News / Middle East

Algeria Election Promises More Political Stagnation

FILE - This May, 10, 2012, file photo shows Algerian President Abdelaziz Bouteflika exiting a parliamentary election voting booth in Algiers.
FILE - This May, 10, 2012, file photo shows Algerian President Abdelaziz Bouteflika exiting a parliamentary election voting booth in Algiers.
Mohamed Elshinnawi
When U.S. Secretary State of John Kerry visits Algiers next week, he will find a country torn over a presidential election in which aging incumbent; Abdelaziz Bouteflika is seeking fourth term despite concerns over his health.
 
The president has declared he is fit to govern.  He has also promised reforms if elected and pledged to make the oil and gas-rich nation more democratic by amending the constitution. But both the country’s largest legal Islamist party, the Movement of Society for Peace, and the liberal Rally for Culture and Democracy party have both said they will boycott the April 17 election. 
 
Marina Ottaway, a senior fellow at the Wilson Center in Washington says real political reforms are unlikely any time soon.  
 
“You are dealing with a very old, sick president who is incapable of launching a dynamic process of reform and there is no real competition because Bouteflika has the support of the security services and has good relations with the military, the real holder of power,” Ottaway said.
 
Bouteflika, who will be running for his fourth five-year term, is relying on his prime minister to lead his campaign after a stroke last year left the 77-year-old in a wheelchair and barely able to speak. 
 
While five other candidates are running for the presidency, Bouteflika is the overwhelming favorite and he has the power of the state supporting his campaign.  He gathered four million signatures in support for a fourth term.
 
"With such orchestrated popular support, the April 17 presidential election is almost won in advance," added Ottaway.
 
A safe choice?
 
Bouteflika’s supporters see his re-election as a guarantee for stability. They credit him with leading Algeria out of the civil war in the 1990’s that left an estimated 200-thousand Algerians dead.
 
There have been scattered protests against a fourth term for Bouteflika, but an overwhelming security presence has prevented any mass opposition from developing.  
 
Anwar Haddam, a former member of the Algerian parliament from the banned Islamic Salvation Front, who heads the exile opposition group, the Algerian Movement for Liberty and Social Justice, says despite Bouteflika being an overwhelming favorite, there is room for a political opening in the April 17 vote.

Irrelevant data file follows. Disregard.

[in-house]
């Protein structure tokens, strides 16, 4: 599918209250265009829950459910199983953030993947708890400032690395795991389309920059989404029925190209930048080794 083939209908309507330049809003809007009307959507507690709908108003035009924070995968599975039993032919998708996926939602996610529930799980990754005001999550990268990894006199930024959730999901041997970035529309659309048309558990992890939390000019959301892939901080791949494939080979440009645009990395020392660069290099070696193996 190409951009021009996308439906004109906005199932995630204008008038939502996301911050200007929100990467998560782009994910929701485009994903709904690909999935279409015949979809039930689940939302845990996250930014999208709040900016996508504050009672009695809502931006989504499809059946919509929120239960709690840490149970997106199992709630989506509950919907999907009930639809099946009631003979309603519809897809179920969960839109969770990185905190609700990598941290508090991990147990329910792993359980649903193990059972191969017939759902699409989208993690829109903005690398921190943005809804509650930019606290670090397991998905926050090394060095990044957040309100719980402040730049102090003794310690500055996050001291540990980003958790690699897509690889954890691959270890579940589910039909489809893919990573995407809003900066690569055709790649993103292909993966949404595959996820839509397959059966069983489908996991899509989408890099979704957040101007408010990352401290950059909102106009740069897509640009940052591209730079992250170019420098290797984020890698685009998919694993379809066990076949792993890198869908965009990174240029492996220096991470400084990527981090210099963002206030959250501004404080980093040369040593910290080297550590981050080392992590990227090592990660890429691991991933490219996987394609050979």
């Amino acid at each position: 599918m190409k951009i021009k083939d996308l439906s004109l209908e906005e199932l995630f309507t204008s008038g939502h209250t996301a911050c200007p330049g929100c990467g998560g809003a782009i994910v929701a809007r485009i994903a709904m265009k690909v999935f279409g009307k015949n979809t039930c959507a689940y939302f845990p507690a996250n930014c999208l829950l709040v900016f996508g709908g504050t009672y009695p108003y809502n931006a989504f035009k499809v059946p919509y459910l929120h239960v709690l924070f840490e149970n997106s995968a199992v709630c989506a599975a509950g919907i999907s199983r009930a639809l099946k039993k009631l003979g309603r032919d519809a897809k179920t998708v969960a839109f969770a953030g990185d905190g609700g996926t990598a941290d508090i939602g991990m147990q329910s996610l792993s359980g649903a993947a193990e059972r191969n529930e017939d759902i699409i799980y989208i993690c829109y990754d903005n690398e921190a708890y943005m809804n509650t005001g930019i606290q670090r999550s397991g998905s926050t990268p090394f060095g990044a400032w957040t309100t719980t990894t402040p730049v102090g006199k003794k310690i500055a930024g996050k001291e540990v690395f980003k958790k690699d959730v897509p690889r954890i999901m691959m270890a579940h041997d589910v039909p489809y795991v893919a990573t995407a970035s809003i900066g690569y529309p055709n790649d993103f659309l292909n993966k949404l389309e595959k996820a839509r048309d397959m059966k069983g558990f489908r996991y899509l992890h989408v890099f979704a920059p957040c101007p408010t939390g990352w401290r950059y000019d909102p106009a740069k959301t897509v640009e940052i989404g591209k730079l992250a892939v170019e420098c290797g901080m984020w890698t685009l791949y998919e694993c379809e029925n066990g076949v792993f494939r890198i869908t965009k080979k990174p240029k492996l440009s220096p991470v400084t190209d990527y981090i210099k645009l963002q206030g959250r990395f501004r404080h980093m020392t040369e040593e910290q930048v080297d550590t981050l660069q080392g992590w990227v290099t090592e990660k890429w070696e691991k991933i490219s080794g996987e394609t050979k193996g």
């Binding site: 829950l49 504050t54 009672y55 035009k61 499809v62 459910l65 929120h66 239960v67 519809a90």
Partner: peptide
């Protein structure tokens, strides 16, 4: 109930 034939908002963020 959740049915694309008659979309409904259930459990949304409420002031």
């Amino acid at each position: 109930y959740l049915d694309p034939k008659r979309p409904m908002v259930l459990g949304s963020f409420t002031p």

“Unlike what happened in previous elections where the military and security institutions backed the same candidate, this time around one supported Bouteflika and the other supported his major rival; former Prime Minister Ali Benflis.  Benflis opened his campaign also with a promise to create a more democratic state and a new constitution where parliament would have real power with an independent judiciary system,” he said. 
 
However, Haddam says Benflis comes from the same aging elite of the National Liberation Front (FLN) party that has manipulated political life for decades and he lost a previous election to Bouteflika in 2004 by a landslide.
 
The Islamist party, the Movement of Society for Peace, and the liberal Rally for Culture and Democracy party, who are boycotting the election have pledged to hold a conference on Algeria's political transition ahead of the election.
 
Haddam says Algeria is long overdue for a political debate about which way the country is heading.
 
“Algerians from all walks of life agree that there is a need for a real transition to democracy not just another election,” he said.
 
Haddam says despite the apparent political stagnation there are serious on-going discussions between the opposition and elements from the military and security services over how to draft a democratic, inclusive constitution that would define the ultimate role of the military and outline a transition to democracy.

He says the key to reform is the army.  But he says before any reform occurs Algeria’s political leaders will have to define a new role for the military. 
 
“From an opposition point of view, we believe that the real holder of power is the army, so it is natural to envision an important role in supporting a gradual transition toward democracy and that requires a change in the nature of the military-civilian relationship,” he said.